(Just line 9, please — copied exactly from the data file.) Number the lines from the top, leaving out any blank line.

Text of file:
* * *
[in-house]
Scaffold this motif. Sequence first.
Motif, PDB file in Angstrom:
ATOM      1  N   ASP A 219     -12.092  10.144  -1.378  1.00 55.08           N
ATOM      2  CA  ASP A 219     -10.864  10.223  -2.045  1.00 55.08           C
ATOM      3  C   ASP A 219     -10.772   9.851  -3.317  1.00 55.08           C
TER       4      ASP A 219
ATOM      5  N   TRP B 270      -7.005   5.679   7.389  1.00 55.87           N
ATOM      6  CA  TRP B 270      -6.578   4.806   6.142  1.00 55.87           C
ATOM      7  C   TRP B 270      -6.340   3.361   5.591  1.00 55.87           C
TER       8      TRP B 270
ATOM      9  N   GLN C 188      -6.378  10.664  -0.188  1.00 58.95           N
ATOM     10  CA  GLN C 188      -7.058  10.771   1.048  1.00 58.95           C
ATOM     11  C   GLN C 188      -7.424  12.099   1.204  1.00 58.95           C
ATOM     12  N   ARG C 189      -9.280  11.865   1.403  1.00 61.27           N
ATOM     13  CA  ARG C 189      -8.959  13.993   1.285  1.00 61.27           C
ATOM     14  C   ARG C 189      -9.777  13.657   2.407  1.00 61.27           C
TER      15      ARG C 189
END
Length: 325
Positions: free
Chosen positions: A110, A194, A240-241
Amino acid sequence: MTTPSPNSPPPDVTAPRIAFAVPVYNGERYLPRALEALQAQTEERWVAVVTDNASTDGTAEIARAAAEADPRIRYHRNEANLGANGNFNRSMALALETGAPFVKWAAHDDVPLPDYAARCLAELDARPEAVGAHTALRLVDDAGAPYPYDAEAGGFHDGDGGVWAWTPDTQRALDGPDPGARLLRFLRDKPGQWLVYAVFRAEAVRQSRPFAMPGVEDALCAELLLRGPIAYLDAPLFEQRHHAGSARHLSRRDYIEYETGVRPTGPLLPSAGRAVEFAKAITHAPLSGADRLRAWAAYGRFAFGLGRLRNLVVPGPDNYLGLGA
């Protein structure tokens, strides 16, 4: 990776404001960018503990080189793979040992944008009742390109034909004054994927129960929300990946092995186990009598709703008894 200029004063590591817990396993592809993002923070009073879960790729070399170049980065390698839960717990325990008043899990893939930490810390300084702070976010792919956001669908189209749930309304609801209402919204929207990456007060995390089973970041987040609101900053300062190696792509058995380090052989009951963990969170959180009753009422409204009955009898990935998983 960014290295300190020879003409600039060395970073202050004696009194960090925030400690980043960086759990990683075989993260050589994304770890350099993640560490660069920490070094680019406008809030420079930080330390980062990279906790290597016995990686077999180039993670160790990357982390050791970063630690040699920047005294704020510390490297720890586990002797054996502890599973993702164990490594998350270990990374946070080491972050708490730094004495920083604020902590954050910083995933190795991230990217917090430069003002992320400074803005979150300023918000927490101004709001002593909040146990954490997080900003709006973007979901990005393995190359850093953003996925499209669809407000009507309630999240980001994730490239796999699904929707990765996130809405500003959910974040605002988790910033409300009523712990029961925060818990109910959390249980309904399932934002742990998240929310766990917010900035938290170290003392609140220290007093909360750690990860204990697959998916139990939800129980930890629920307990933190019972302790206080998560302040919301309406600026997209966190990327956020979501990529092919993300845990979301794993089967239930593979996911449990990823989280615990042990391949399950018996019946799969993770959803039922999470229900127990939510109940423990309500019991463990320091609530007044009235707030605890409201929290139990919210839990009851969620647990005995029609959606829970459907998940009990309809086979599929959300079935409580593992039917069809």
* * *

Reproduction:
ATOM      6  CA  TRP B 270      -6.578   4.806   6.142  1.00 55.87           C